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Tory Lanez’s Sentencing Date Set for Late Summer, Faces More Than 22 Years

Updated: Jun 27

The Canadian rapper’s sentencing date has been pushed back again after a few delays

Megan Thee Stallion exits court wearing an all-purple suit; Tory Lanez exits court with two bodyguards in tow
Tory Lanez, real name Daystar Peterson, was convicted on all charges relating to the shooting of Megan Thee Stallion, real name Megan Pete

On Tuesday, a judge scheduled Tory Lanez’s sentencing hearing date for August 7 in relation to the shooting of Megan Thee Stallion, real name Megan Pete.

This serves as the fourth time the sentencing date has been delayed for Tory Lanez, whose real name is Daystar Peterson. His lawyers asked once more to prepare as they were trying to get Los Angeles County Superior Court Judge David Herriford disqualified from the case. This is due to his handling of their motion for a new trial.

They objected to the delay, but Herriford believes they need more time to prepare. Herriford wants Peterson’s lawyers, Matthew Barhoma and Jose Baez, to consider addressing the aggravating factors of bodily harm and use of a firearm, which prosecutors want factored into sentencing.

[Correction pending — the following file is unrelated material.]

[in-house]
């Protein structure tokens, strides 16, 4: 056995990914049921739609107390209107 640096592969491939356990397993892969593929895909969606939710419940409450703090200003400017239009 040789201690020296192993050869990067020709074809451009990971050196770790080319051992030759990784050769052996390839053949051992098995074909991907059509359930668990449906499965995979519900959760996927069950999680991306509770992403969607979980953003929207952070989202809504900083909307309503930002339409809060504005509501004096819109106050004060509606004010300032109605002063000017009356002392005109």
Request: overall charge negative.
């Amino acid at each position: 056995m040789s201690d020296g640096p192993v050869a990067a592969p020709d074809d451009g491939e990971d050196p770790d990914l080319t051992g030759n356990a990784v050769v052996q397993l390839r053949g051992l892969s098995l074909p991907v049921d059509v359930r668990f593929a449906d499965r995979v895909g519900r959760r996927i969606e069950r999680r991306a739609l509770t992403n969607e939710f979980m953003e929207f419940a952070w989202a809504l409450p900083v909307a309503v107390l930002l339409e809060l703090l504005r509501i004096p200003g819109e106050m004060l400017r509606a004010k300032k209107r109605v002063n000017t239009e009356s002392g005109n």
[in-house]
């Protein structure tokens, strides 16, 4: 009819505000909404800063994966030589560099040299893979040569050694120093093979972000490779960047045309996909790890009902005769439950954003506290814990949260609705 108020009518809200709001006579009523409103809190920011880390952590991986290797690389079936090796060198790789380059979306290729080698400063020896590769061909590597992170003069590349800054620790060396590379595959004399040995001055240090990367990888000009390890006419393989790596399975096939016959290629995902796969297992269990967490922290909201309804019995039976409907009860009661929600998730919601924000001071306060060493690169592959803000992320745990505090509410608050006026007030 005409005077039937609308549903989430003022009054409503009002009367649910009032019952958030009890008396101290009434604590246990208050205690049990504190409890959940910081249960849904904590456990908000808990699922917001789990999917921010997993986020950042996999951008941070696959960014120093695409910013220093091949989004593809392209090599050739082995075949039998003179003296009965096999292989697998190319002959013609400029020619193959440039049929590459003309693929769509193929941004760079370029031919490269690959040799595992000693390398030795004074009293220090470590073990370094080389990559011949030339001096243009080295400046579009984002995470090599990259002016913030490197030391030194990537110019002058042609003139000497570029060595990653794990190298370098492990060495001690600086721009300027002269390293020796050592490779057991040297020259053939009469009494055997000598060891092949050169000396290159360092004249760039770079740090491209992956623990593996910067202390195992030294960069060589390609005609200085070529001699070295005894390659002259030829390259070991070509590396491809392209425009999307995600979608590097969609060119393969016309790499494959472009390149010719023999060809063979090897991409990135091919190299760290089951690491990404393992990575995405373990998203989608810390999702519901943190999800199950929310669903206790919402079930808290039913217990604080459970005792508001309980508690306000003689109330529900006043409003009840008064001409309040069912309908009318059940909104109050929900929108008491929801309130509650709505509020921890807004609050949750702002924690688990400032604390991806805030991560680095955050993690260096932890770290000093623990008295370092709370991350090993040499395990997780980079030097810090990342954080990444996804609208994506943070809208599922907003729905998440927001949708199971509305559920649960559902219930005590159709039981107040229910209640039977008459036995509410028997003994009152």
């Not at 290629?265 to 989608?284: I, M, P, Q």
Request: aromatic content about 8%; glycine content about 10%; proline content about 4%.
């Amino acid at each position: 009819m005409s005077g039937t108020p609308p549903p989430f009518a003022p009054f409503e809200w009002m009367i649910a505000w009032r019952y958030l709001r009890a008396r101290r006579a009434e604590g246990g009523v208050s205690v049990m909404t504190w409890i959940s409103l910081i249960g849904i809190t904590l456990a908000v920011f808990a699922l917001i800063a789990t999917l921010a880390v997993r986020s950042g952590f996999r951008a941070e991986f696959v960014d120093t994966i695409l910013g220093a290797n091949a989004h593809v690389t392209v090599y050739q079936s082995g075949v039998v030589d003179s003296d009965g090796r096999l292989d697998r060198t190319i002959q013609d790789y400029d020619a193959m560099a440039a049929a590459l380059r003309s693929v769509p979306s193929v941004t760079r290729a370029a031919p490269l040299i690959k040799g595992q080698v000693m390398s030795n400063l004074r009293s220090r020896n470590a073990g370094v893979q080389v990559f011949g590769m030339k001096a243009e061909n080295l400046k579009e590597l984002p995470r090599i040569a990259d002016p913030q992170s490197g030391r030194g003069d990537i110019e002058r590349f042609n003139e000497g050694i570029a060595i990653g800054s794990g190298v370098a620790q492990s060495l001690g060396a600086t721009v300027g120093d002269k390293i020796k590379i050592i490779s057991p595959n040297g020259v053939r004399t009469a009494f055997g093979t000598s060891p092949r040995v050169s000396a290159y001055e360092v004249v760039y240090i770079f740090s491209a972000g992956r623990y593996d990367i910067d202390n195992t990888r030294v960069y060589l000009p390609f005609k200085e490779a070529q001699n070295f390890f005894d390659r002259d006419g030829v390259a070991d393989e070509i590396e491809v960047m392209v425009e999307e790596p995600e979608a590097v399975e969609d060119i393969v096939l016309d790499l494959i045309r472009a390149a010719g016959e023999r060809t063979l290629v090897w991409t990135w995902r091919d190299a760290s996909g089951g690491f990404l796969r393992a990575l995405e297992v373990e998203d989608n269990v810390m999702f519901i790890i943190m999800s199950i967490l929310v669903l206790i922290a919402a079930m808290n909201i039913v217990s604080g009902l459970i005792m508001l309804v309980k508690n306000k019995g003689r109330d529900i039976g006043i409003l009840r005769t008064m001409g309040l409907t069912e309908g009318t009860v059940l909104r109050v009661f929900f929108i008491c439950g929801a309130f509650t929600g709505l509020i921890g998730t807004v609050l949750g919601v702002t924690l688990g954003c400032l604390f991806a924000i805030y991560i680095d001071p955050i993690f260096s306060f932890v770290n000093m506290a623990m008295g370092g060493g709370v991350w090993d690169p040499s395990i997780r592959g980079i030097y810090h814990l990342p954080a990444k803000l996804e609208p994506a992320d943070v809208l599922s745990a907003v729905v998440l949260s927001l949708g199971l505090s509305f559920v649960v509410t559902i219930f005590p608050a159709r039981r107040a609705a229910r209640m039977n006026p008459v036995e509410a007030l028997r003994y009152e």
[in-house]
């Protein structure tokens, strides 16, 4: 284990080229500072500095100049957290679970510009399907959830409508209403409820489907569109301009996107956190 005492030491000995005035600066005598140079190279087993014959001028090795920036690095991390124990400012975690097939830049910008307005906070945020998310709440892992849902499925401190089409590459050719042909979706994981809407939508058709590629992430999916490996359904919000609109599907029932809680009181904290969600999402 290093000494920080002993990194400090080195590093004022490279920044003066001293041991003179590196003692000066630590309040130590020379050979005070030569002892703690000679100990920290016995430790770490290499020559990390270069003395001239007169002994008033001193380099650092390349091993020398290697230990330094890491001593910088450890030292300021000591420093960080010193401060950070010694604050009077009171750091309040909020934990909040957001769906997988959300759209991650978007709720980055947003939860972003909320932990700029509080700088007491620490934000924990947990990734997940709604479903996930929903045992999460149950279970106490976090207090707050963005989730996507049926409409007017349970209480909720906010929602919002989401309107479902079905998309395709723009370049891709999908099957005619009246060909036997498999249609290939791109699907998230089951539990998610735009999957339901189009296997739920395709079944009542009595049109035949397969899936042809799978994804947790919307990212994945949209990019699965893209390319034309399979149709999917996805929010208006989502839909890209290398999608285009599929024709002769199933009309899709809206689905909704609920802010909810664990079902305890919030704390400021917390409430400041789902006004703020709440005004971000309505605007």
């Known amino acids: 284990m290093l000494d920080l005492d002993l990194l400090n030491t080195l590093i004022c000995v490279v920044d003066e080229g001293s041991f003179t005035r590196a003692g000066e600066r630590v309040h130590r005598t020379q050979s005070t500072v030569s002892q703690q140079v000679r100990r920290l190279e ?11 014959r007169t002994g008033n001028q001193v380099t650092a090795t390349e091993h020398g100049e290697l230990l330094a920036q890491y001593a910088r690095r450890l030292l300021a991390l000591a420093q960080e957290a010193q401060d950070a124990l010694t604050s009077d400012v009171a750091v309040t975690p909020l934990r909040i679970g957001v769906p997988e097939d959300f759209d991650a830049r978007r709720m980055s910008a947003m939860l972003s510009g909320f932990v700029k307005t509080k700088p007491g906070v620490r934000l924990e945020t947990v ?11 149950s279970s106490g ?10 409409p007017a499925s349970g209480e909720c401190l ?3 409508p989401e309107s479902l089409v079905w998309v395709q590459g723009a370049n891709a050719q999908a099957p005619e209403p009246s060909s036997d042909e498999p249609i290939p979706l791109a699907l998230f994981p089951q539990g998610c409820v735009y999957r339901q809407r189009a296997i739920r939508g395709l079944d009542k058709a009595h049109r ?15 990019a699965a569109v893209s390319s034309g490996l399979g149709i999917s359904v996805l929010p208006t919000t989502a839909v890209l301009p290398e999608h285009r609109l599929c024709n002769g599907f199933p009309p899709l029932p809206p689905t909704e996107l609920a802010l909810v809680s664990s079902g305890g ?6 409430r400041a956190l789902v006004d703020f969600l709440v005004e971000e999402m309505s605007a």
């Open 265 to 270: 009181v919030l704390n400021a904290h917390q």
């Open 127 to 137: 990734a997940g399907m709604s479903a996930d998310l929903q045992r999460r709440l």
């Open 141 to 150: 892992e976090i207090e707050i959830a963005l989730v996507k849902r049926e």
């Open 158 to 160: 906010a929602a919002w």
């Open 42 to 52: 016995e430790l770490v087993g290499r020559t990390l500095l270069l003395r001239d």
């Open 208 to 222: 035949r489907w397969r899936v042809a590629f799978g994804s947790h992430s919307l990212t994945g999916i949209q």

Herriford, before sentencing, will determine if he will apply the aggravating factors. Deputy District Attorneys Alex Bott and Kathy Ta are calling for a sentence of 13 years.

Bott isn’t sure if Megan will show up to the Aug. 7 hearing, but she will make a statement in some form. He told reporters that the sentencing date accommodates all the trials as Baez is in trial on another case and other scheduling conflicts occurred.

Regarding the recommendation of 13 years, Bott said:

“We think that considering the factors in aggravation, factors in mitigation, that this is the appropriate sentence based on his conduct. We’ve had lengthy discussions about it. So that’s how we got to the 13. We think mid-term is appropriate in this case.”

Their 12-page recommendation cites Peterson’s “campaign of misinformation,” which humiliated and re-traumatized Pete. This was when they argued against probation as Peterson couldn’t be supervised. They also cited Peterson’s album, “Daystar,” which featured several songs about the shooting.

Bott and Ta cited the incident Peterson had with August Alsina where he attacked Alsina. Peterson also falsely claimed that prosecutors falsified and suppressed evidence, which is also featured in the recommendation.

Lastly, they cited Peterson’s three court violations, one being he violated Pete’s restraining order during Rolling Loud in Miami in July 2021. He had also posted the police DNA report along with disparaging comments about Pete.

Peterson was convicted on all three charges relating to the shooting of Pete. He was convicted of assault with a firearm, possession of an unregistered firearm in a vehicle and negligent discharge of a firearm

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